• Even in the case of "dead languages", nobody in the department of Latin, Greek, etc. would make this excuse, claiming that it is impossible for the students to learn [Latin or Greek] inside a classroom anyway, etc.

In reality, it is much more difficult to learn languages like Chinese
than it is to learn Cree.  In many ways, it is more difficult to learn
dead languages than living languages (including even endangered,
living languages).

If the institutions want to provide language-instruction, they can.
None of these institutions lack the resource[s].  In Cambodia, Laos,
etc., I have seen institutions that lack the resources.  Here in
Canada, we have working electricity and chalkboards: aside from a few
people who really care (and want to get the job done) that's all you
really need.

> …you need to be immersed in the language for a period of time.

Well, there are language departments teaching Japanese that make
arrangements for their students to have some immersion in the
language: but nothing like that is possible for First Nations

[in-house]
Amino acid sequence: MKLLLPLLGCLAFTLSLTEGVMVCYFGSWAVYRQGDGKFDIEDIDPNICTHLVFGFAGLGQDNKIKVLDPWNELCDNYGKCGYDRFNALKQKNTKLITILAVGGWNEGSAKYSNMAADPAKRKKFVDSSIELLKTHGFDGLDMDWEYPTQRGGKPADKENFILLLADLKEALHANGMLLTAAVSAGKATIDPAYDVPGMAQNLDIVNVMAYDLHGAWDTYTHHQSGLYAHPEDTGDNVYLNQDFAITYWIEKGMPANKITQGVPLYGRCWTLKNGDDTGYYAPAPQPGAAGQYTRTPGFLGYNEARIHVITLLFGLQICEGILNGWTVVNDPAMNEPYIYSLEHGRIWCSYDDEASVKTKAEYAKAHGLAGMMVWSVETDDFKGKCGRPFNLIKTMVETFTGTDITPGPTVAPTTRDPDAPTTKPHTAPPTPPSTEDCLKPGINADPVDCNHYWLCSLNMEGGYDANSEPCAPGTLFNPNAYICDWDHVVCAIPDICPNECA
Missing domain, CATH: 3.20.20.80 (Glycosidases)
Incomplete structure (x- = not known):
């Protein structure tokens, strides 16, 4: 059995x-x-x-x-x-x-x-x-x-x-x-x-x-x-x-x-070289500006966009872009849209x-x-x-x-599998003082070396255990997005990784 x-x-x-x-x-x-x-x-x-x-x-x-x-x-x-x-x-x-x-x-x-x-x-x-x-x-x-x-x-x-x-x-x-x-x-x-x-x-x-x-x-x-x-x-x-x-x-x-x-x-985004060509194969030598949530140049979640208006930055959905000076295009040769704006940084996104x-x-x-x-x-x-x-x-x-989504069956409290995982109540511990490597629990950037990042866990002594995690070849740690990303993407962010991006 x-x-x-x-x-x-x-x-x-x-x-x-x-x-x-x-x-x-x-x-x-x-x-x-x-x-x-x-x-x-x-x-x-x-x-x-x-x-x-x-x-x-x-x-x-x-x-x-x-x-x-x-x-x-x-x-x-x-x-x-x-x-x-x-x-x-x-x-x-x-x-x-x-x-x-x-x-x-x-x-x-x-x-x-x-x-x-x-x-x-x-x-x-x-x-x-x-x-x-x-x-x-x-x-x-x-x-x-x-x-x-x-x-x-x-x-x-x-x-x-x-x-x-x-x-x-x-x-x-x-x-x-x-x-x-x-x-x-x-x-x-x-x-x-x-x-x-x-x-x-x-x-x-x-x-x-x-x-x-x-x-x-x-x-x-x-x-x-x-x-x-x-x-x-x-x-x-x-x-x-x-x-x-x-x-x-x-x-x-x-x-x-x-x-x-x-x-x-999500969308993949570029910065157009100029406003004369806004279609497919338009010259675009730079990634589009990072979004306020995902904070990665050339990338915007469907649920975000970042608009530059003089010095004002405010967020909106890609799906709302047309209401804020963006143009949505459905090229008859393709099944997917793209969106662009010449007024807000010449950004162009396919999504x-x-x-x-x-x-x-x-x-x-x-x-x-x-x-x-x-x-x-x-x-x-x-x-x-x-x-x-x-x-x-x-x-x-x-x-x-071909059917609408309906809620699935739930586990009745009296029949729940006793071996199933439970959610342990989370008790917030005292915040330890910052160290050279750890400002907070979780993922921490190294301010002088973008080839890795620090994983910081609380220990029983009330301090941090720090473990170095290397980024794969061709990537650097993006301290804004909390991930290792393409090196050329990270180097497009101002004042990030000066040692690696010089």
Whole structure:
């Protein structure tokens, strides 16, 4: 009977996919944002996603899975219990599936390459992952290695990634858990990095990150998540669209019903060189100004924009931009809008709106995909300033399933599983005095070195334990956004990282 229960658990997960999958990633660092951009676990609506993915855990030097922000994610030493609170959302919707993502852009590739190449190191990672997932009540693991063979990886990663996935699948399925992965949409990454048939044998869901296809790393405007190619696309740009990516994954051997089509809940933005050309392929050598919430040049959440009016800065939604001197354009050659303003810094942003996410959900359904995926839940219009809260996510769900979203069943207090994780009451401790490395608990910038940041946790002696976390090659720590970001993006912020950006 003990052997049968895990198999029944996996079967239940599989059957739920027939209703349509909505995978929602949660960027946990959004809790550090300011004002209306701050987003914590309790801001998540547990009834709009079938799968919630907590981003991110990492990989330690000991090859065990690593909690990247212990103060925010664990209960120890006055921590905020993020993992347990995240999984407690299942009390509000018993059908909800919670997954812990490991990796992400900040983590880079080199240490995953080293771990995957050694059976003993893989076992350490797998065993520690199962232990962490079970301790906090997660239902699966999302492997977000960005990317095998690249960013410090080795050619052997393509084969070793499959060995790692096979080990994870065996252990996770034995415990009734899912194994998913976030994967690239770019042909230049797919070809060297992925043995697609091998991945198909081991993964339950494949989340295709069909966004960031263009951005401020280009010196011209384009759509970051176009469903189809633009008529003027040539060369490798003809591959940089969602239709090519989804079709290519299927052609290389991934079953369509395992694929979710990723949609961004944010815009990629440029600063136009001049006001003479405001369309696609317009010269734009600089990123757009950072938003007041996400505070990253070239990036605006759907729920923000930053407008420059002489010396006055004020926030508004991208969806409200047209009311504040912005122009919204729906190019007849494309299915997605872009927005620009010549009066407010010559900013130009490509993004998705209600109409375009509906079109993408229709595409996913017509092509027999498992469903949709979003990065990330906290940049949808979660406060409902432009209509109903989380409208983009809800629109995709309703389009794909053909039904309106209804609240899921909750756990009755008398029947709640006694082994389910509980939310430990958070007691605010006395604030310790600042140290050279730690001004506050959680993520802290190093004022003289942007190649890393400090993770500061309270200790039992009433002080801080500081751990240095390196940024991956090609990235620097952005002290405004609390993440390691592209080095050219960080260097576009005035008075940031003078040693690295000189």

languages here (despite the fact that it is much cheaper to take a bus
to Prince Albert than it is to take an airplane to Japan!).  I am well
aware of the benefits of language-immersion, and I discuss them in the
same article about learning Cree (I don't know if you read it in full
before replying) where I complain that institutions need to take a
more active role (even if it is just in organizing bus-trips!) so that
students will have more direct language exposure --because it is much
easier to meet people who speak Chinese than it is to meet people who
speak Cree in downtown Regina.

My short article, again, is here:
http://a-bas-le-ciel.blogspot.ca/2012/09/on-learning-cree-and-not-learning-cree.html

> …I know if you brought them to Dr. Jan van Eijk

(Image from "Rate my Professors")

I have met and spoken to Prof. Jan van Eijk many times, and he knows about every stage of my personal tragedy (in trying to learn Cree, etc.).  If you think he cares in the slightest, think again.  I begged for his help many times.  The only help that I received was one short e-mail, suggesting that I write to a certain professor at U.B.C., to ask if there was any hope there; I did receive a very useful reply from U.B.C., saying that their situation was even more hopeless (for language instruction) than F.N.U.

> I hope you will find what you are looking for as you continue
> on your travels.

I won't: my life and all my aspirations have been destroyed.  If I
can't learn Cree within Canada, I can't learn it anywhere.  I searched
this entire country for any possibility of learning Cree or Ojibwe